Uveitis0

Uveitis All patients with uveitis need to take medication.  Most take medications that suppress inflammation and modify how the immune system works.  These medications may be in eye drops, given in a shot, taken by mouth (pills), or some combination of these treatments.  Sometimes the treatment will involve eye surgery while patients with chronic or severe forms of uveitis may require several years of immunosuppressive chemotherapy to protect their vision and get the illness into remission.

 

What are some of the uveitis related diseases?

They are Toxoplasmosis, Ocular Toxocariasis, Ocular Cysticercosis, Cytomegalovirus Infection of the Retina, Retinal Disease in the HIV-Infected Patient, Acute Retinal Necrosis Syndrome, Endogenous Fungal Infections of the Retina and Choroid, Pars Planitis, Sysphilis, Tuberculosis, Myiasis and Diffuse Unilateral Subacute Neuroretinitis, Episcleritis, Scleritis, Ocular Histoplasmosis, Birdshot Chorioretinopathy, Puncate Inner Choroidopathy, Multifocal Choroiditis, Subretinal Fibrosis and Uveitis Syndrome, Multiple Evanescent White Dot Syndrome, Acute Macular Neuroretinopathy, Acute Retinal Pigment Epitheliitis, Sacroidosis, Acute Multifocal Posterior Placoid Pigment Epitheliopathy, Serpiginous Choroiditis, Sympathetic Ophthalma, Vogt-Koyanagi-Harada Syndrome, Adamantiades-Behcets Disease, Systemic Lupus Erythematosus, Rheumatic Diseases (JIA uveitis, Ankylosing Spondylitis etc.), HLA B27 associated diseases, Wegeners Granulomatosis and Uveal Effusion.

 

What is Uveitis?
Uveitis 3Uveitis is a rare; serious medical condition that affects vision.  It is an inflammation of the middle layer of the eye also known as the uvea or uveal tract which is responsible for the blood supply of the entire eye. Uveitis is like having an inflammation from a burn, but inside the eye. Inflammation occurring inside the eye is a medical emergency.  If not treated, vision loss will occur.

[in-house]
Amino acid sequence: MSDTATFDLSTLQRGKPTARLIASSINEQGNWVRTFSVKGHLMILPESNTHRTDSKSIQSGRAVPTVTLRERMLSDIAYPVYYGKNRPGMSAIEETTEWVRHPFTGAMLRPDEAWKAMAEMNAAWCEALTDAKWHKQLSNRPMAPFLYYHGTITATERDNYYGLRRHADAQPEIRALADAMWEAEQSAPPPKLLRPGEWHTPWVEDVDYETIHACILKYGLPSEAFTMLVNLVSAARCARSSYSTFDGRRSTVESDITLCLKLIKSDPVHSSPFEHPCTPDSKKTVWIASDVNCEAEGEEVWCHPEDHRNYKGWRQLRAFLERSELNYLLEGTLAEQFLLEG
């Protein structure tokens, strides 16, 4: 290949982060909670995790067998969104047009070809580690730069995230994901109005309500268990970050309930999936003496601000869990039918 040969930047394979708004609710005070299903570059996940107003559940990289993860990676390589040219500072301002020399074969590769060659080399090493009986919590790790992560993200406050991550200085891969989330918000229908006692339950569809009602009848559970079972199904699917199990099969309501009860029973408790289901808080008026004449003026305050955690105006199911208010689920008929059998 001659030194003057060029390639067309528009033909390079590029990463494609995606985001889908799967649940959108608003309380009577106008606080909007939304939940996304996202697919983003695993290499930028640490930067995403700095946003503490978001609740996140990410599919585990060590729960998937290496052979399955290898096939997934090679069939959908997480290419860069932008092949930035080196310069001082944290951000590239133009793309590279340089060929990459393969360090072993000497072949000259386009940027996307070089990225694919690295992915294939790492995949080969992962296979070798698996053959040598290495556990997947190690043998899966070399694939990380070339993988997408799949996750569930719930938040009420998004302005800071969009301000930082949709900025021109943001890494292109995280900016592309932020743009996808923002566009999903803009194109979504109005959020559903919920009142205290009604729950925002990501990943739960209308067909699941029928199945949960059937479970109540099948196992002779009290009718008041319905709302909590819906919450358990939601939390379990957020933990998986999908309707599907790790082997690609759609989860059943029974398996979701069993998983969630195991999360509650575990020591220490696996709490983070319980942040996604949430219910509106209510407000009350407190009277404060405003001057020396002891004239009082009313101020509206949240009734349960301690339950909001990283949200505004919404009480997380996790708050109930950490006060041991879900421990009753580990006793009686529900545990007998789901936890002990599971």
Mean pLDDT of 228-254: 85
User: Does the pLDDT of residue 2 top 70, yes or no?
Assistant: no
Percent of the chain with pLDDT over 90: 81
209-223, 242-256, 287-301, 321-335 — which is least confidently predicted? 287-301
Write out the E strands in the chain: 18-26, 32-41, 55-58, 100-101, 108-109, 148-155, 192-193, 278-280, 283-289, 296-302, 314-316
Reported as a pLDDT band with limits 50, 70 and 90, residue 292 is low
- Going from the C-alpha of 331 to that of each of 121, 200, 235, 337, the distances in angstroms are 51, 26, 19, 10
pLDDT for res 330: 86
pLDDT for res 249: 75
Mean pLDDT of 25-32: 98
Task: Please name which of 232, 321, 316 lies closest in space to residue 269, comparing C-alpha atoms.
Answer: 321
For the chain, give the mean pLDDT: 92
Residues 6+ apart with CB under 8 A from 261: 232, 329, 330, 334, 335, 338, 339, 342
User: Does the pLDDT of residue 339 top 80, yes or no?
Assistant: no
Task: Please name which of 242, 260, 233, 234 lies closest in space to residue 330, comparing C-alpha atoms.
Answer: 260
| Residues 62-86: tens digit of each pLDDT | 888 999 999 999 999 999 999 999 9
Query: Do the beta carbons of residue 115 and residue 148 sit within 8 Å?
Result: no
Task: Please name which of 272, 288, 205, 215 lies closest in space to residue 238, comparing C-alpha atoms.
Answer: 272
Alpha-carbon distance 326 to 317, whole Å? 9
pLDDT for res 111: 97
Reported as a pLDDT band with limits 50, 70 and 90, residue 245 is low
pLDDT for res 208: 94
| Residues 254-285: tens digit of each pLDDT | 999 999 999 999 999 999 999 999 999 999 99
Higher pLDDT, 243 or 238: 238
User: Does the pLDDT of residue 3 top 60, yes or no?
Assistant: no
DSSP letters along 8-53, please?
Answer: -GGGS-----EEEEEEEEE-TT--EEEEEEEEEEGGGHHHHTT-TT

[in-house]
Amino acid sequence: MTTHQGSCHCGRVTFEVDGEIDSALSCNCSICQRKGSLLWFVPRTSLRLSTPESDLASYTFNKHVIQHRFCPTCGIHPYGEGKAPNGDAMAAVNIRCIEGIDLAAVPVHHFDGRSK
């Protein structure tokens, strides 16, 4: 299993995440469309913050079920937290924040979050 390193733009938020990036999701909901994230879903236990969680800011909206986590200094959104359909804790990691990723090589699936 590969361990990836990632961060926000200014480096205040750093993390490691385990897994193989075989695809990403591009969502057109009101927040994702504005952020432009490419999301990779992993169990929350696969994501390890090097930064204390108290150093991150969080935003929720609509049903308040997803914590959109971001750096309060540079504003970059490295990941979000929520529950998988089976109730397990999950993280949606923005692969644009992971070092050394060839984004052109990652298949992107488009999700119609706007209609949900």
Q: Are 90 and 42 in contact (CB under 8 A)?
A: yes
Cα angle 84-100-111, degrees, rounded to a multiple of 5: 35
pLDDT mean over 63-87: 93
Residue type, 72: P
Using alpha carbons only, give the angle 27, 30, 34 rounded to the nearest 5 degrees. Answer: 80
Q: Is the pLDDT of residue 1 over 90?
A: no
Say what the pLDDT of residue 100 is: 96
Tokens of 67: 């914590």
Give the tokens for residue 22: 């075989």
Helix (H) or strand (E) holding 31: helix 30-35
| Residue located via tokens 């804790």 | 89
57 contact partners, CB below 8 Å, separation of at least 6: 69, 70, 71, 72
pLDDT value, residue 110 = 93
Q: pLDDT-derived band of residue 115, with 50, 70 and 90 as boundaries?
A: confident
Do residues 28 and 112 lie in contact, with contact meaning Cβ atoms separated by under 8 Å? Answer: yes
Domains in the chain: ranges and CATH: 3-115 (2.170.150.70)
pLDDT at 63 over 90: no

Anatomy

The uvea surrounds the eye like a tunic.  The uvea is divisible into three main parts: the iris, the ciliary body, and  choroids.  The visible part of the uvea is the iris which gives the eye its characteristic color and changes shape to control the amount of light entering the eye.  The ciliary body makes fluid for the inside of the eye and supports the lens.  The choroid is made up of very vascular tissue and provides the blood nourishment for outer layers of the retina.  Inflammation affecting any of three parts of the uveal tract is called uveitis.

 

Who gets Uveitis?

Uveitis can develop at any age.  It is found in all races and occurs worldwide.  It is not contagious.  Patients with uveitis starting before the age of 16 years represent 5% to 10% of all cases of uveitis.  It has an estimated prevalence of about 38 cases per 100,000 population and an incidence of 15 cases per 1000,000 population 2,359,242 people in the world are estimated to have the disorder.

 

What are the symptoms of Uveitis?

One or both eyes may be affected by uveitis.  Symptoms can include pain or redness in the eye sensitivity to light (photophobia), blurred or diminished vision, problems with “glare” or seeing black spots (called “Floaters) and sometimes, abnormal eye movement or alignment.  Persons with uveitis are at increased risk for developing glaucoma and cataract.  In children with uveitis, roughly half will not have symptoms to warm then of disease activity.  In this instance, the uveitis is not usually discovered until it has caused irreversible damage to the retina or optic nerve, resulting in permanent vision loss.

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